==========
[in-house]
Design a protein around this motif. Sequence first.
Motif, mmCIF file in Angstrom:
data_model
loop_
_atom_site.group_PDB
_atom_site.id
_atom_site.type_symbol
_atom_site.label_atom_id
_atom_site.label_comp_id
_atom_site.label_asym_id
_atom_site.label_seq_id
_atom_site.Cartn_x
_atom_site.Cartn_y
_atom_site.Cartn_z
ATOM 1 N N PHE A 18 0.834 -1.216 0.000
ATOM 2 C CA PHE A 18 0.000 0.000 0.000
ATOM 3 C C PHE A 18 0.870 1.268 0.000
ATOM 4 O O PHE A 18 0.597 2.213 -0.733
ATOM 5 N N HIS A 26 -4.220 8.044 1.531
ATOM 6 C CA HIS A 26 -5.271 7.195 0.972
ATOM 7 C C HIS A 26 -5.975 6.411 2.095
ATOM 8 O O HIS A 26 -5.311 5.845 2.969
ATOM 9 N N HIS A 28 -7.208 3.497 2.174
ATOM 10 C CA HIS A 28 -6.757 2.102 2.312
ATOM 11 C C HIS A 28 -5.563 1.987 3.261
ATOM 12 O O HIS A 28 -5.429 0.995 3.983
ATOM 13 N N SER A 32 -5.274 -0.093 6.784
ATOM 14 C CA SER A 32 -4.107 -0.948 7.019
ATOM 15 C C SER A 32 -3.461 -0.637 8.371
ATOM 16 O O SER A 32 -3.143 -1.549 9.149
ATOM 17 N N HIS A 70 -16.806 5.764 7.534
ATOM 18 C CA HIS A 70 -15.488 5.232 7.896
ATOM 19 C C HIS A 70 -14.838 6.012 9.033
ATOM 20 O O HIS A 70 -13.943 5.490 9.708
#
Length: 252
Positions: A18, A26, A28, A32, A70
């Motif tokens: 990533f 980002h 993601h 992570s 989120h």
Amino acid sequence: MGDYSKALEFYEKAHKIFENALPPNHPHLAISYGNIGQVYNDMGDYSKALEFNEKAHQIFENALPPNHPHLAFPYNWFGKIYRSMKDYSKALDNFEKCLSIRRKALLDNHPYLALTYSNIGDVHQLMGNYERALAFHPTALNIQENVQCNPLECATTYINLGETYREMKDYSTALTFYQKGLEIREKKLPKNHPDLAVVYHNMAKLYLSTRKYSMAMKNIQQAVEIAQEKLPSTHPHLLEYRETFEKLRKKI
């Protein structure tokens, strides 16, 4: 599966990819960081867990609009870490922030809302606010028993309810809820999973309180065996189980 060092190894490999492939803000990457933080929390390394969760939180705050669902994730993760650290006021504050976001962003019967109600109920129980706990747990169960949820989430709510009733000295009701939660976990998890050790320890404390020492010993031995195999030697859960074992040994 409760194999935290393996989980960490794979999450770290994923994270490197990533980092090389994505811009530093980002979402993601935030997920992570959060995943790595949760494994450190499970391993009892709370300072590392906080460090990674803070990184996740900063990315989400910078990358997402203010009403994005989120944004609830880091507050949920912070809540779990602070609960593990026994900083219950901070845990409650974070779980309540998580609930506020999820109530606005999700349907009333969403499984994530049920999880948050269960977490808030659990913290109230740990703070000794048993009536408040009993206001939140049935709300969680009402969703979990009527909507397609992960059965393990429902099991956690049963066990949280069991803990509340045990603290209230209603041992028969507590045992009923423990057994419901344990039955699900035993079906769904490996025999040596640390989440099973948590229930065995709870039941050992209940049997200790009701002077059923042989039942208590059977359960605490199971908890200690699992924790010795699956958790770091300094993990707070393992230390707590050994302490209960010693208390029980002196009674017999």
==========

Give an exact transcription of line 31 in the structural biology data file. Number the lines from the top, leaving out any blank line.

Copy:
ATOM 16 O O SER A 32 -3.143 -1.549 9.149